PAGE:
If Amazon doesn’t fall to $1,500 by next June, then the option expires, and you just keep the $6,750. You don’t get to buy the shares, but that’s a pretty nice consolation prize, no?

If $1,500 per share still seems too high for you, then how about selling the June 2019 $1,200 put option. It’s going for $19.60 per contract.

Selling one of those contracts will net you $1,960 for your troubles and obligate you to buy 100 shares of Amazon at $1,200 per share by next June, but only if Amazon is trading below $1,200 per share by then.

Are you starting to see how this works?

You’re getting paid to potentially buy stocks on the cheap.

The way Amazon has been trading, it seems unlikely that the stock would fall to those levels by next year.

But, in case it does, make sure you only sell put options at strike price levels that coincide with where you’d feel comfortable buying 100 shares of Amazon.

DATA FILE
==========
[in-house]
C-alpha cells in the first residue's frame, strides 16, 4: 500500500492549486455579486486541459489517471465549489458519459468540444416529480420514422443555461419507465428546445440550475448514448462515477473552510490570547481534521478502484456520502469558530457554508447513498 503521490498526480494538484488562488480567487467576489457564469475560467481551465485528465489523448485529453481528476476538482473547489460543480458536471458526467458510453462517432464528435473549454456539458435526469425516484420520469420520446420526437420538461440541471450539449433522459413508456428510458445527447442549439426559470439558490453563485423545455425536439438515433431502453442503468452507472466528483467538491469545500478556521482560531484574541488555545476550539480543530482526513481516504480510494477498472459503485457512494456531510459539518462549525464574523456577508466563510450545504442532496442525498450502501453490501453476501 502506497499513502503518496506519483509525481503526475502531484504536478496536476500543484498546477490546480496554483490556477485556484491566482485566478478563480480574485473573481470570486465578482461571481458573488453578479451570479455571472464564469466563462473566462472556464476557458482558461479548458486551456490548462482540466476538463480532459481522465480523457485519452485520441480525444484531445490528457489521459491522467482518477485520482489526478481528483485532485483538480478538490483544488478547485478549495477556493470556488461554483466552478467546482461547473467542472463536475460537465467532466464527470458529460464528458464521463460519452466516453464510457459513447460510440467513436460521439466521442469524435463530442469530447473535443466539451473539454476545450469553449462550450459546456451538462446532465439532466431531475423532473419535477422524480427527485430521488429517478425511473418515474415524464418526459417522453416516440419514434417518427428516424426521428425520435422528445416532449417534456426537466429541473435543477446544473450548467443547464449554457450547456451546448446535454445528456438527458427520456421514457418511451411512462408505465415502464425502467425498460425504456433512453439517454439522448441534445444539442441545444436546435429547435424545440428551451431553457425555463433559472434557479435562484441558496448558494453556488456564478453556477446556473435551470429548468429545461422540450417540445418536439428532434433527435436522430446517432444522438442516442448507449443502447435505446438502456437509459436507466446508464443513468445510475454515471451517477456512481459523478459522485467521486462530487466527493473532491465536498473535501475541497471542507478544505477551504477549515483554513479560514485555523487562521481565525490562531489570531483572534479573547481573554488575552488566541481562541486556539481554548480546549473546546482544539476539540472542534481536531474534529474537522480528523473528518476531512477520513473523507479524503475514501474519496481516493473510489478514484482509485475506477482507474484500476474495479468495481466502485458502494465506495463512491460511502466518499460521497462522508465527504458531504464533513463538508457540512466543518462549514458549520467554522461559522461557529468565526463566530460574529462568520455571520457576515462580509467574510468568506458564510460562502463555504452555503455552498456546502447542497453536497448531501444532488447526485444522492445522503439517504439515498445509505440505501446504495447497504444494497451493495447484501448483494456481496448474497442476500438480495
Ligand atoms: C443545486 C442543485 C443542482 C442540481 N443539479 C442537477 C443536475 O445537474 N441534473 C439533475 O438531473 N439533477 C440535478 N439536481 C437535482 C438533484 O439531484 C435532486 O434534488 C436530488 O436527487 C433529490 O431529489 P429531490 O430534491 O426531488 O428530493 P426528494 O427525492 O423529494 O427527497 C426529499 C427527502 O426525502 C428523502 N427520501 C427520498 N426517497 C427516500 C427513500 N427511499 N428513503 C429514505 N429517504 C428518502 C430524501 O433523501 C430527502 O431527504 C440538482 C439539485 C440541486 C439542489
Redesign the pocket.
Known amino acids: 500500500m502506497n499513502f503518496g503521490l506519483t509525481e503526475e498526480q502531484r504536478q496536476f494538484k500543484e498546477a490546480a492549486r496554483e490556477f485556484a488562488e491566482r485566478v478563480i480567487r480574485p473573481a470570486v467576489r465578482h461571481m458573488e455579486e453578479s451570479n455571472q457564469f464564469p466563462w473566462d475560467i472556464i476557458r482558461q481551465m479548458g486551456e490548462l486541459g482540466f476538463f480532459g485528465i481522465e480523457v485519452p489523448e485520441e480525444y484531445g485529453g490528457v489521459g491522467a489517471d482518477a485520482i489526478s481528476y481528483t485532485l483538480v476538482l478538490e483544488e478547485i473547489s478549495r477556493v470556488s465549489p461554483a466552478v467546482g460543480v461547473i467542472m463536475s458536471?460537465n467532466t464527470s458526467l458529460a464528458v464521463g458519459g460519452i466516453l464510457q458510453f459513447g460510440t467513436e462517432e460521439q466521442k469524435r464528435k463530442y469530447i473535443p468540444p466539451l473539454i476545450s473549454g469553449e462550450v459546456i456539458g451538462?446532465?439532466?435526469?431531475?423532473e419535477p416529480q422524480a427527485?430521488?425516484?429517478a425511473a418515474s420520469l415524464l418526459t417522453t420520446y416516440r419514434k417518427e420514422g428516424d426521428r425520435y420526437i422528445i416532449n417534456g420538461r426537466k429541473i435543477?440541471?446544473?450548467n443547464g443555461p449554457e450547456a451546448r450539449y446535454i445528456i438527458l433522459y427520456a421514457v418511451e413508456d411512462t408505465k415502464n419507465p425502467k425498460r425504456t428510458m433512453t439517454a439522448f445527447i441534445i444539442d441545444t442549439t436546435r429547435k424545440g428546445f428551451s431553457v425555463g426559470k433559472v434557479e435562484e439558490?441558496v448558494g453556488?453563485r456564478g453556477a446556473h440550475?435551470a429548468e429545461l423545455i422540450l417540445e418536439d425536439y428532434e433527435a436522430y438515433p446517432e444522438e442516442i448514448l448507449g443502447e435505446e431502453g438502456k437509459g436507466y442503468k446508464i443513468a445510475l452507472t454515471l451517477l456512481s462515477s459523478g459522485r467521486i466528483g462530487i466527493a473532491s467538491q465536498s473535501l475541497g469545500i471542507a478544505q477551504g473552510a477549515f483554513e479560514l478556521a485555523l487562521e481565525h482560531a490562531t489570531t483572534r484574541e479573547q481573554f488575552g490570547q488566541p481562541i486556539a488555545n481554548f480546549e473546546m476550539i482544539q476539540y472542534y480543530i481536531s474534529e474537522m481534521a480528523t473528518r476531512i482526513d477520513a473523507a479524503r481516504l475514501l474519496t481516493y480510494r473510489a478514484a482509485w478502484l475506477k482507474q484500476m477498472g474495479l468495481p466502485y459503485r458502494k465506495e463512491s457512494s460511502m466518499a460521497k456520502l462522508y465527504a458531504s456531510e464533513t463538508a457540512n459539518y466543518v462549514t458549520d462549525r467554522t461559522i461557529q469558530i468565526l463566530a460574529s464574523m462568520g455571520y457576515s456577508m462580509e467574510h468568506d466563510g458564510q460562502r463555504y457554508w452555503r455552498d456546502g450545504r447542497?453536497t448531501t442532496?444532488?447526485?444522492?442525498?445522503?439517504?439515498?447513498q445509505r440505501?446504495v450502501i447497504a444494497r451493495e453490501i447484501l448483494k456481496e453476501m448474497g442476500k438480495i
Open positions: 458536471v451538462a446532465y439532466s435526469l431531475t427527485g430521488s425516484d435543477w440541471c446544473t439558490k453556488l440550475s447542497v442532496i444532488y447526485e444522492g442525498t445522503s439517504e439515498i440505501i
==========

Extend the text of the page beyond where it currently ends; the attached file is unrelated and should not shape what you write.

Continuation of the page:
You never know what could happen, and you’d need the cash to pay for the stock in full, too.

So there you have it, a Prime deal on Amazon’s own stock!

And, again, please note that I’m not going to follow up on these trades. Sometimes understanding a new stock strategy requires watching trades in real time to get a feel for the whole process.

Lee Lowell

A former Wall Street insider and floor trader, Lee Lowell has worked in the market for nearly 30 years now. He began his option trading career in 1991on the floor of the New York Mercantile Exchange (NYMEX) in New York City.MORE FROM AUTHOR